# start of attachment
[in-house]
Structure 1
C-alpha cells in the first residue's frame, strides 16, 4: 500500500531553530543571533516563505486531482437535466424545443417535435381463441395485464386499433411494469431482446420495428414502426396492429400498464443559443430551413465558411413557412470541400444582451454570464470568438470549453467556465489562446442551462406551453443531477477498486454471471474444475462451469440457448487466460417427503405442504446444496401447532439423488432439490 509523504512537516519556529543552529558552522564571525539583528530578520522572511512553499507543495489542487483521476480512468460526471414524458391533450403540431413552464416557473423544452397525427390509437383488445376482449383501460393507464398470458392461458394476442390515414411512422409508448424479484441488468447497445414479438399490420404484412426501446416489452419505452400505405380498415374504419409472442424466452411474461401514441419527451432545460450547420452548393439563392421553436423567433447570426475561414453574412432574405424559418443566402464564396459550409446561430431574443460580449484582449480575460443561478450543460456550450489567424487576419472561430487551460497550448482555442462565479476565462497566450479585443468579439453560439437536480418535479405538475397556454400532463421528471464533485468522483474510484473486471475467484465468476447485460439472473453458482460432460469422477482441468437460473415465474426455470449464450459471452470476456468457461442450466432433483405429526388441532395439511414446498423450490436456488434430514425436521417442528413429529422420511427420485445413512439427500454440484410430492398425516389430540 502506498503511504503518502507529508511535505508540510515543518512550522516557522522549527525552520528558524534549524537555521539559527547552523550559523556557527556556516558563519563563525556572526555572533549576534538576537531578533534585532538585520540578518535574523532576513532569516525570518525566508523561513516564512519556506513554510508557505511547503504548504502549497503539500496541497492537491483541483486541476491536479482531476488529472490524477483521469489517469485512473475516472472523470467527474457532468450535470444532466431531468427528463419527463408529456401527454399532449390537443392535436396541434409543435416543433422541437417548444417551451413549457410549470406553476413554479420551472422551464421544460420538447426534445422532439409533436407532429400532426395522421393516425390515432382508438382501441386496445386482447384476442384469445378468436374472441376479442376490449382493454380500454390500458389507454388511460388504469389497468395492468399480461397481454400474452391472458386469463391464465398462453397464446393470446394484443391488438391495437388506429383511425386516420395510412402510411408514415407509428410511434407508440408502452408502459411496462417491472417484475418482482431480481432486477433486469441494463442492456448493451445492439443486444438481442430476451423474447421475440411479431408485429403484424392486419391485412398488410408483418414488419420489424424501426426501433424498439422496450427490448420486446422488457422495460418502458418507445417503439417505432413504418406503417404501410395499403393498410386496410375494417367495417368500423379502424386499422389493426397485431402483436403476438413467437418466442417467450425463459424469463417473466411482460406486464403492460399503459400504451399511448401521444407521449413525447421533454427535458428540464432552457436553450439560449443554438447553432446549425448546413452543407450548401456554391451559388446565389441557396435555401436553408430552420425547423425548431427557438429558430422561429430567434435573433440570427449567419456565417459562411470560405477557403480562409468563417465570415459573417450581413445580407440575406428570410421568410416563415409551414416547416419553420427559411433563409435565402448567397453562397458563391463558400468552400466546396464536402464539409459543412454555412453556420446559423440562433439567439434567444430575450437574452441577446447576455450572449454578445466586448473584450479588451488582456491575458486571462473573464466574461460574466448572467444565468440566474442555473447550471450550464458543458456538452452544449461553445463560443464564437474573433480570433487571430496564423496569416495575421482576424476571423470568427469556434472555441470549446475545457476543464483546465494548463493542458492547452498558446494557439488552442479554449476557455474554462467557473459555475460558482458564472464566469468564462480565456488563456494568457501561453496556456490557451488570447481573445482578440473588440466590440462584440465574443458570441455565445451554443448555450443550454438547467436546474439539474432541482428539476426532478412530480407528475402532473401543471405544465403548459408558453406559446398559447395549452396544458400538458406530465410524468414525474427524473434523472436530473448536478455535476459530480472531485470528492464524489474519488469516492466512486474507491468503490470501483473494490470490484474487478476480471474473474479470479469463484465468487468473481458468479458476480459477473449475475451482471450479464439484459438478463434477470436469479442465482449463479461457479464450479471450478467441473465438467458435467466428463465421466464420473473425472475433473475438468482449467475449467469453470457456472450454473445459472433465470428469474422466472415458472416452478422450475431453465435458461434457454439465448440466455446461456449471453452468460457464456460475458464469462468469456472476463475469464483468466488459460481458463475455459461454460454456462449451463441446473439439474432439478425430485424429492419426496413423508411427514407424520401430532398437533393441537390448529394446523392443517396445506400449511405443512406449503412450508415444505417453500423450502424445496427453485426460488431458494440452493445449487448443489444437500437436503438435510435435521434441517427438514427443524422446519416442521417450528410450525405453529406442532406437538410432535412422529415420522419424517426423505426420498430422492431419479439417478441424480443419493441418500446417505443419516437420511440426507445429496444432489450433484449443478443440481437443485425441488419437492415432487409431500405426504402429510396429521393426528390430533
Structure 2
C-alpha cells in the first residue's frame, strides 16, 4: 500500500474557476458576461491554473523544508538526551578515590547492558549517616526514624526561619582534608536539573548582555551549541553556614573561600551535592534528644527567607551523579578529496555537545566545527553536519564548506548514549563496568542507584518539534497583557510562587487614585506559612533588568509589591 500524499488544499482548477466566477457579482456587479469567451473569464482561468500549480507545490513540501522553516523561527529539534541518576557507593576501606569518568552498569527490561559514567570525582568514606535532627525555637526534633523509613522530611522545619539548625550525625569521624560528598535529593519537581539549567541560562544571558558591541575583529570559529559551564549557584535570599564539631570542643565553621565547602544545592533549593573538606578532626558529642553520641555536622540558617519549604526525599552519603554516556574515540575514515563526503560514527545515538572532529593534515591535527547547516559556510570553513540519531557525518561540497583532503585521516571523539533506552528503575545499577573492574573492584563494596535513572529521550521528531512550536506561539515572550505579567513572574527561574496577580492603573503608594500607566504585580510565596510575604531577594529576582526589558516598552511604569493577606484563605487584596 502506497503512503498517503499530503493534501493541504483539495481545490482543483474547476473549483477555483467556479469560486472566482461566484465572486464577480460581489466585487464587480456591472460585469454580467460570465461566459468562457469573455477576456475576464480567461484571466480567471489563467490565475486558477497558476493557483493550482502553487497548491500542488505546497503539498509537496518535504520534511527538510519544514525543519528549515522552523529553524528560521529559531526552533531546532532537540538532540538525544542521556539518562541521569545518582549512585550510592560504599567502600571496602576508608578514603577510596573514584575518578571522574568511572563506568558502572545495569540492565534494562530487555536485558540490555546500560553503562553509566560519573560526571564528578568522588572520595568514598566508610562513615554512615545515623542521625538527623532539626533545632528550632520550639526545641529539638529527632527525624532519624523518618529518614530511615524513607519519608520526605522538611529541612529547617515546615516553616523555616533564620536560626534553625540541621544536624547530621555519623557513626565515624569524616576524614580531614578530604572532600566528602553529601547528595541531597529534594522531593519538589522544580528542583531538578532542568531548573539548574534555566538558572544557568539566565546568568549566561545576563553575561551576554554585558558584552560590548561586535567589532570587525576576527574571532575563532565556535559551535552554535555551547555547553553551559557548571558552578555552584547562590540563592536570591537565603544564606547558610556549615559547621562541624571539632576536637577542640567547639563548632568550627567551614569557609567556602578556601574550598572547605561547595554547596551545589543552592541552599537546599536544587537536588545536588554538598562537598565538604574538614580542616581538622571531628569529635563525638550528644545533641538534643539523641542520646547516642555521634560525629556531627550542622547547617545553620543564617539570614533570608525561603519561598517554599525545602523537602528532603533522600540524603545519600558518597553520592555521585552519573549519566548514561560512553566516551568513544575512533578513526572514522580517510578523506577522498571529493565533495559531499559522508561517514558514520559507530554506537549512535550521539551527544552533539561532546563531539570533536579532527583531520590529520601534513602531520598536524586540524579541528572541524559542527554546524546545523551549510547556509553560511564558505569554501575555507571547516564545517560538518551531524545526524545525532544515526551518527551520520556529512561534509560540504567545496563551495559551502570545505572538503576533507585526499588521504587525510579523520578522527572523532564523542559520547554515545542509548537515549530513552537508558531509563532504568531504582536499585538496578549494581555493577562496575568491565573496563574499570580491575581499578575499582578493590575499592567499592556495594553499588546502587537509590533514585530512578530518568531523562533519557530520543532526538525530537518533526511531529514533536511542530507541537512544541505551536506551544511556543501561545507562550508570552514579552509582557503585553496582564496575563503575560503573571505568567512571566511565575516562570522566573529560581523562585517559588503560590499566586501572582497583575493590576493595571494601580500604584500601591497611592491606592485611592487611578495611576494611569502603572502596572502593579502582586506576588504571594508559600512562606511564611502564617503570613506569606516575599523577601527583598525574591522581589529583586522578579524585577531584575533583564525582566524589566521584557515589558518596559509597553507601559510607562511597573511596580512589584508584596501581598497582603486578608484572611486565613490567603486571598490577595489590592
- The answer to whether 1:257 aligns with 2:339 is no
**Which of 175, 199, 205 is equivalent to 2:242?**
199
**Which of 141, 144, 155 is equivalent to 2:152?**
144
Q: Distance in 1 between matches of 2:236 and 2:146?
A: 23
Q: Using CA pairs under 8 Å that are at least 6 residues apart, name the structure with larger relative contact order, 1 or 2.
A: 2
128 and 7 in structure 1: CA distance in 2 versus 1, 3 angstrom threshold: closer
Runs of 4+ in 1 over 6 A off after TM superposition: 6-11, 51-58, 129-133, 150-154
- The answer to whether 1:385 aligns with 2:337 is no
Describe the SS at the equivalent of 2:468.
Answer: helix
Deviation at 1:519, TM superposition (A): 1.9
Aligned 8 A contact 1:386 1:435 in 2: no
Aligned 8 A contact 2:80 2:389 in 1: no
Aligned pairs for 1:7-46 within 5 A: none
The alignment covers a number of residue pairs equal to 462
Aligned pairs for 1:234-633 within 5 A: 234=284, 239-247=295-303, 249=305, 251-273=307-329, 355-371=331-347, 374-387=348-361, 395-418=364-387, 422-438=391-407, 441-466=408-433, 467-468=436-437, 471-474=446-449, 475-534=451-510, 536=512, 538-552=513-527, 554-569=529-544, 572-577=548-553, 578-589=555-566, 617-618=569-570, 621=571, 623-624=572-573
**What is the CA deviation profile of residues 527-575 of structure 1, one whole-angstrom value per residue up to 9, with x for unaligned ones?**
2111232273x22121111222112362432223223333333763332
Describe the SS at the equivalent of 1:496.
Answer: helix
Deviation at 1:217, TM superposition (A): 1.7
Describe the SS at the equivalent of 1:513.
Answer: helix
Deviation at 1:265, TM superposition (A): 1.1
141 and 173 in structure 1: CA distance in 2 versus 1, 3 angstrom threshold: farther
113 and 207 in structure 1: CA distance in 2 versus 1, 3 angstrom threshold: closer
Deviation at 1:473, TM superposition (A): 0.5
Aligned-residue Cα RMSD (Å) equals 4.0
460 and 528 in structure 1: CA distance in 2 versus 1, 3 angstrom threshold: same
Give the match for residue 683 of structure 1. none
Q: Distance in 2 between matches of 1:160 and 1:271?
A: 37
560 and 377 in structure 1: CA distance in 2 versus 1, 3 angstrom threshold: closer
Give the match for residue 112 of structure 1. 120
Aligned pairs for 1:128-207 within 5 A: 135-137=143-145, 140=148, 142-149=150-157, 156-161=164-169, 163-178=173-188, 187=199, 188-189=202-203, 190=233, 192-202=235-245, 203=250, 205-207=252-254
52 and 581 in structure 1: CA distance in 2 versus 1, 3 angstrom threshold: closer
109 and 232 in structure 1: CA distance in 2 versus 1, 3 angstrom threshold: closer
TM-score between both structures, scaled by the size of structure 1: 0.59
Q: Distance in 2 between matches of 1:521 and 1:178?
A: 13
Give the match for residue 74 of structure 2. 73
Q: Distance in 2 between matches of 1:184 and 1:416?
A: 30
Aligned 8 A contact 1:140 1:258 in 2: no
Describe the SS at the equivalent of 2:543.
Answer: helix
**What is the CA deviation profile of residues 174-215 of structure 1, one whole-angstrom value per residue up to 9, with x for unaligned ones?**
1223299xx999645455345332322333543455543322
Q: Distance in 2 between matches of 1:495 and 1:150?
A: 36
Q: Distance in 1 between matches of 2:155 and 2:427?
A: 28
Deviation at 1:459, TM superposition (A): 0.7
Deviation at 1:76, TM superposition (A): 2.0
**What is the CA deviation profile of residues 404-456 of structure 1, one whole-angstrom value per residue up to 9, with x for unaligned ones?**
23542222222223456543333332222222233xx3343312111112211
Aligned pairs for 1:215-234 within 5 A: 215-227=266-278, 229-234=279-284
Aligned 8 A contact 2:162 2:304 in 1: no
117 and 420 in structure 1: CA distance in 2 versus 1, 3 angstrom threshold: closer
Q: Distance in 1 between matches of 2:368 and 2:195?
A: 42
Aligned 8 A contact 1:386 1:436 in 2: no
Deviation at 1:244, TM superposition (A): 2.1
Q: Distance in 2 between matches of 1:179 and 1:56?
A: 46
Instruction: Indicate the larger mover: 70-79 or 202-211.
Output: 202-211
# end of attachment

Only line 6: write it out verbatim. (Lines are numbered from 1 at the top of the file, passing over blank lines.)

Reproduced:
- The answer to whether 1:257 aligns with 2:339 is no